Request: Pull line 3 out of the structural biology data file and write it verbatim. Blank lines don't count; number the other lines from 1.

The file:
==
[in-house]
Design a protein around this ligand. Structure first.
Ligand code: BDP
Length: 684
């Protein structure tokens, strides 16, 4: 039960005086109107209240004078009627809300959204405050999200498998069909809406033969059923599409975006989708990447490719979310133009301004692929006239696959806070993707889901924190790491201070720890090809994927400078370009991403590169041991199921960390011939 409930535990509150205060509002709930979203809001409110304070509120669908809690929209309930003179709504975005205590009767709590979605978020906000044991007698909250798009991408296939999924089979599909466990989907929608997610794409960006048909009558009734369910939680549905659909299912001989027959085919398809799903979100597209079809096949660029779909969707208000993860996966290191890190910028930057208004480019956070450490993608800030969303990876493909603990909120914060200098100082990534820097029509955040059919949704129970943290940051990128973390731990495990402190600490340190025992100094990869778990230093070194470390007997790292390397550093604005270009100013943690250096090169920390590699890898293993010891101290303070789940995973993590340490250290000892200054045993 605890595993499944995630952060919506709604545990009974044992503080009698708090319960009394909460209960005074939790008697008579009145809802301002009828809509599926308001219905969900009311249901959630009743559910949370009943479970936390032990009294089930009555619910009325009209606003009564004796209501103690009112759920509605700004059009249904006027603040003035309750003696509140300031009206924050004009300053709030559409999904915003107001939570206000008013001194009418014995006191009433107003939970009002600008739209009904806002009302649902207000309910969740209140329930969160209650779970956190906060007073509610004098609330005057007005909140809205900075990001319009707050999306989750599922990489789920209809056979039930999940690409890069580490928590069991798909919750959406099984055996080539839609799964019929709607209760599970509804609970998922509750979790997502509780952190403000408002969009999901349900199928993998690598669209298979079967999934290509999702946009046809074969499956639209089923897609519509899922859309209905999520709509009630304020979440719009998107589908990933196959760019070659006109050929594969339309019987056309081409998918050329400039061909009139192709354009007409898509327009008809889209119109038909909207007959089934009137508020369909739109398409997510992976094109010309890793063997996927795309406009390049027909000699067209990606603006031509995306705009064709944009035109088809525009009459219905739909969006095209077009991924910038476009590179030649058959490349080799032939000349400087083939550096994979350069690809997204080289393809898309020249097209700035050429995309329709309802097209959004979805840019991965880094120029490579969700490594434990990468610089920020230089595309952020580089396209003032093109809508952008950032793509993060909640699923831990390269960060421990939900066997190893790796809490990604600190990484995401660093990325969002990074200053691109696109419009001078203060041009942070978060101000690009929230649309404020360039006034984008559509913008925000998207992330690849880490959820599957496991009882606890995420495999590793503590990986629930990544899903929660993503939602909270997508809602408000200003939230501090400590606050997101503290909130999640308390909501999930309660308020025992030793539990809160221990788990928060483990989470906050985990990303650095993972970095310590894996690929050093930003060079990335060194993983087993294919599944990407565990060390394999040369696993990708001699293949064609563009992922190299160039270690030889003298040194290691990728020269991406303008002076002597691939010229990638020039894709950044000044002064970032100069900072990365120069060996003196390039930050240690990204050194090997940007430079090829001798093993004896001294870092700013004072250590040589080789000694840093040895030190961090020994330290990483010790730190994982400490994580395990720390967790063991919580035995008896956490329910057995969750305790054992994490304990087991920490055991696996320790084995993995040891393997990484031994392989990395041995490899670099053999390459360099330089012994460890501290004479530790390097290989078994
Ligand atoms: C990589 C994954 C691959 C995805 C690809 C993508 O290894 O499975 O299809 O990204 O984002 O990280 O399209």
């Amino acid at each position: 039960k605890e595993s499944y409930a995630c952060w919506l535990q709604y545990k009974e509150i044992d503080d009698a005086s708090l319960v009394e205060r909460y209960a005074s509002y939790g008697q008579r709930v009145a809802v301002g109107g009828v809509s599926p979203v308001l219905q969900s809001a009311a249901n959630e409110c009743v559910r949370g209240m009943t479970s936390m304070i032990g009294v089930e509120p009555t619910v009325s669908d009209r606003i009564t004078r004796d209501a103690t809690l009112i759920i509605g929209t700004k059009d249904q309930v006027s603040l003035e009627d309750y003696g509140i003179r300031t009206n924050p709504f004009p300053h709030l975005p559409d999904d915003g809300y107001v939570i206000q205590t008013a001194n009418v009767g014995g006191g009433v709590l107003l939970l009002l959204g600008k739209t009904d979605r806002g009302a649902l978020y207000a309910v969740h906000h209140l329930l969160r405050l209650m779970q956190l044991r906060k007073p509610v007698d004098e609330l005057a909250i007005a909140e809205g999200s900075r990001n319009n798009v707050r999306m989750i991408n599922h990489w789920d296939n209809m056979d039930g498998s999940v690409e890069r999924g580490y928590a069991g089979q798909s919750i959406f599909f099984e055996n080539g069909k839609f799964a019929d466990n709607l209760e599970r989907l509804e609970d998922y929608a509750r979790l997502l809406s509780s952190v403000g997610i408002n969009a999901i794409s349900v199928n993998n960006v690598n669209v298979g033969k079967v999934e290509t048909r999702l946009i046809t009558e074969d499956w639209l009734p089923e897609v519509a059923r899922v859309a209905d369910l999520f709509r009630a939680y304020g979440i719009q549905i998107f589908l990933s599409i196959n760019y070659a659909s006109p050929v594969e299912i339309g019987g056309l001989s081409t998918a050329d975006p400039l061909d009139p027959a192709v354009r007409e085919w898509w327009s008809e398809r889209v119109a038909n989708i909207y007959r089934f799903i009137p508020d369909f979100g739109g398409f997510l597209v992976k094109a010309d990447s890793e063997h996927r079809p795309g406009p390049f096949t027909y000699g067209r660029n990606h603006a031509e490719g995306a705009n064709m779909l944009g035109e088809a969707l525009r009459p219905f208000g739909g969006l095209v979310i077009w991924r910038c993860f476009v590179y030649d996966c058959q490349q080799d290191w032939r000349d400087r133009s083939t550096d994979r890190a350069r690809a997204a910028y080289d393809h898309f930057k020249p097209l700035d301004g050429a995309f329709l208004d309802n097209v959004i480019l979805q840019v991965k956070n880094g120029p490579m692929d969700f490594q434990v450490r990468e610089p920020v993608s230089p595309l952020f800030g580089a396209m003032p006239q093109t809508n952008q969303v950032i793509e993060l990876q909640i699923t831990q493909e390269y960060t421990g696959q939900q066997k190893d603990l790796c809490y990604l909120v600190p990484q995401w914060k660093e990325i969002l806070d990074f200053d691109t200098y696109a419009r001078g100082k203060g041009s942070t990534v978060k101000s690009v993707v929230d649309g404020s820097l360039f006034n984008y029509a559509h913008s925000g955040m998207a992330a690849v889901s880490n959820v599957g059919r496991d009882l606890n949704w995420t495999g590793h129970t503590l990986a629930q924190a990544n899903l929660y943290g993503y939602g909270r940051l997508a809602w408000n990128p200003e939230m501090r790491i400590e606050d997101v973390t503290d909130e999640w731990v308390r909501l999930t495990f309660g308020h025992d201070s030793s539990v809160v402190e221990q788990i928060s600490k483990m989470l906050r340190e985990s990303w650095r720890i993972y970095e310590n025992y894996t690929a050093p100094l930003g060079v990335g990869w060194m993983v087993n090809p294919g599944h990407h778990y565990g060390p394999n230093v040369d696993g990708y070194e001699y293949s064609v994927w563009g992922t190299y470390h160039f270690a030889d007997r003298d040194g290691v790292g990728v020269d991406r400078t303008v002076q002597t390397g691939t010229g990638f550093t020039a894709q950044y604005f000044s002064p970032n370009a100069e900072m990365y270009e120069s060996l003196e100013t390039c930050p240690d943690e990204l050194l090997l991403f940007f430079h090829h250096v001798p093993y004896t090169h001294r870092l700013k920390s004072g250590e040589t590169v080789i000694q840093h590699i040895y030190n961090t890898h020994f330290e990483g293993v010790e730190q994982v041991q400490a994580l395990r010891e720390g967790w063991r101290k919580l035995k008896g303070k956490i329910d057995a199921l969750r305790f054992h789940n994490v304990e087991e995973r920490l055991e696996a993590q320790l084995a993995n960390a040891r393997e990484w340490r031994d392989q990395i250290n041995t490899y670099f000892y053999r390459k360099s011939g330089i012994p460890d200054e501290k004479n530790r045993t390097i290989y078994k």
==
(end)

Ligand code: BDP